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Initial Sign Up For USDA Conservation Stewardship Program Due March 31st

Farmers and ranchers interested in enrolling in the Conservation Stewardship Program (CSP) this year have until March 31 to submit their initial applications to the U.S. Department of Agriculture’s (USDA) Natural Resources Conservation Service (NRCS).

March 18 2016

USDA will enroll 10 million acres of farm and ranch land in the Conservation Stewardship Program this year, with payments to farmers and ranchers of over three-quarters of a billion dollars over the next five years.

March 31 is also the deadline by which initial applications are needed from farmers with expiring 2012-2016 contracts if they want to renew them for another five years. Some 12 million acres already in the program are eligible for renewal this year.

“The Conservation Stewardship Program is one of our most popular programs with producers because it results in real change on the ground by boosting soil and air quality, conserving clean water and enhancing wildlife habitat,” USDA Secretary Tom Vilsack said. “With this investment, we’ll be able to build on the already record number of acres enrolled in USDA’s conservation programs, enabling producers to achieve higher levels of conservation and adopt new and emerging conservation technologies on farms, ranches and forests.”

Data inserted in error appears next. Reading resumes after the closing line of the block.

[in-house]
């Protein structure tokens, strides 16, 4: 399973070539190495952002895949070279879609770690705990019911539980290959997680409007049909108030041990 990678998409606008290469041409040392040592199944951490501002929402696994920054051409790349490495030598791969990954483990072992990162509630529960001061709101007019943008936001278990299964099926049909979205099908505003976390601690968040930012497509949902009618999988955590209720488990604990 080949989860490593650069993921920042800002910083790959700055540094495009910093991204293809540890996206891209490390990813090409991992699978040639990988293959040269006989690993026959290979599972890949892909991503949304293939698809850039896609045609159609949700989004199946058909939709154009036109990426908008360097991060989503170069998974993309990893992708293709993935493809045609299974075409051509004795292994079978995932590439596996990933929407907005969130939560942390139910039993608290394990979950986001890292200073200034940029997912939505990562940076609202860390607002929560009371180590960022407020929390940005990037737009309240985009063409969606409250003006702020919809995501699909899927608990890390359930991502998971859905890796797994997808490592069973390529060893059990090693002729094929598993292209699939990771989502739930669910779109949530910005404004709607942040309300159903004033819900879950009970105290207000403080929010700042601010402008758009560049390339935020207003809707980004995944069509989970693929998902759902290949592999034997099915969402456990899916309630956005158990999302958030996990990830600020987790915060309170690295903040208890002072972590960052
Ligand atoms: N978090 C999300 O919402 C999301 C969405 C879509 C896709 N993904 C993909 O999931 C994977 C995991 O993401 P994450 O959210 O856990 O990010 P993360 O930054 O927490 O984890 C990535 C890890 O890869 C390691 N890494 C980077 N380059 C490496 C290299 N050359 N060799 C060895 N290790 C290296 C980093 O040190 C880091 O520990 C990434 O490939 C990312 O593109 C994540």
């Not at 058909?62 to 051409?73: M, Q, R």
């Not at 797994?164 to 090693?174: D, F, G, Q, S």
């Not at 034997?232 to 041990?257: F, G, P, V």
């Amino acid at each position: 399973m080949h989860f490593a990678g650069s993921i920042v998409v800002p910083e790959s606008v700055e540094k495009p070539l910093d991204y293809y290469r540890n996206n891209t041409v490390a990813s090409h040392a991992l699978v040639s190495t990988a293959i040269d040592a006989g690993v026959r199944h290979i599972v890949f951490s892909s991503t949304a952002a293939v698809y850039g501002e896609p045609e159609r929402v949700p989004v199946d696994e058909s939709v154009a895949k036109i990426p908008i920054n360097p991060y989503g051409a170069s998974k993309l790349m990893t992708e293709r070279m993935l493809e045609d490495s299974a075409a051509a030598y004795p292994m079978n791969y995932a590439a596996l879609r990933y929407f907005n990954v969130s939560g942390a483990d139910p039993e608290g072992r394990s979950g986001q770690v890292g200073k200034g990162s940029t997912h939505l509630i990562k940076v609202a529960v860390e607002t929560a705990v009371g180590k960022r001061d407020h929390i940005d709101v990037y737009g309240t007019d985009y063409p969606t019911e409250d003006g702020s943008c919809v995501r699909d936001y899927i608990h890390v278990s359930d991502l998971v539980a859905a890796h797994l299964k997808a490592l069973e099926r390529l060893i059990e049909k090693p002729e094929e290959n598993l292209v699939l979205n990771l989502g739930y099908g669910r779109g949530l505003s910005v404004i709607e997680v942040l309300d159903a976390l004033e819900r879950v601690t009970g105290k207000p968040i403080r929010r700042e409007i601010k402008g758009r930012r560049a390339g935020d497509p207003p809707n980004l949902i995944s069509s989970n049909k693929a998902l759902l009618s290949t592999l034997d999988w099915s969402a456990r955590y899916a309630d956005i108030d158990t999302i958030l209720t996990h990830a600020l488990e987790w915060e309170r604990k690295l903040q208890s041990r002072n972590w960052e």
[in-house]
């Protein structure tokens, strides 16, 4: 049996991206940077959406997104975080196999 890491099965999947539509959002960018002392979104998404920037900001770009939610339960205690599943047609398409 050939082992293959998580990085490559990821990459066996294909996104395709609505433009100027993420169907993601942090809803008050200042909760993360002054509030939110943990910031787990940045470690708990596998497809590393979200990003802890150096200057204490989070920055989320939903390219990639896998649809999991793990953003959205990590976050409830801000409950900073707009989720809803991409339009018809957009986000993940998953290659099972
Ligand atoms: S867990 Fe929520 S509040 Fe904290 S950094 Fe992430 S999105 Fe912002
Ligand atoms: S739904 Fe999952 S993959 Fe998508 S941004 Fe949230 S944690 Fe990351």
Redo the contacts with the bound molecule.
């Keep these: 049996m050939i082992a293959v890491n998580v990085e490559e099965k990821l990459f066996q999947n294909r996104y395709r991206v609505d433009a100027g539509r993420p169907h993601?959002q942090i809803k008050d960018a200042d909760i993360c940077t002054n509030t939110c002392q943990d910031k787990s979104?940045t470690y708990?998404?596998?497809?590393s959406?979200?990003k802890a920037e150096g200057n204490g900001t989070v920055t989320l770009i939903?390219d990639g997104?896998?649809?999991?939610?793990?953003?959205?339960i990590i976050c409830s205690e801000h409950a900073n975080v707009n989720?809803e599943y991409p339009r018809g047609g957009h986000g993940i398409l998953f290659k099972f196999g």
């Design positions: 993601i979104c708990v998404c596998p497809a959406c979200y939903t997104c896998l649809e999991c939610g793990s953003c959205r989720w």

Easy First Step

The initial step to apply to CSP is easy. Farmers and ranchers can go to their local NRCS office and submit the initial application to enroll, which is a simple form that asks for basic information regarding land ownership, type of production, and contact information.

While applicants can sign up anytime throughout the year for CSP, producers should submit applications by March 31 to ensure they are considered for enrollment in 2016. This year’s deadline carries particular significance, as a major program overhaul is scheduled for 2017. In order for producers to enroll in CSP under its existing structure, ranking process, and current conservation activities, they must apply before the March 31 deadline.

Once a farmer or rancher’s initial application is accepted by NRCS, they are then scored based on current and planned future conservation activities. If applicants meet acceptable conservation levels, they become eligible to compete in a ranking process that determines who will receive contracts. NRCS works down through the list of eligible applicants until acreage allocated to the particular state for that particular year runs out.

Find out more about CSP from the National Sustainable Agriculture Coalition (NSAC)

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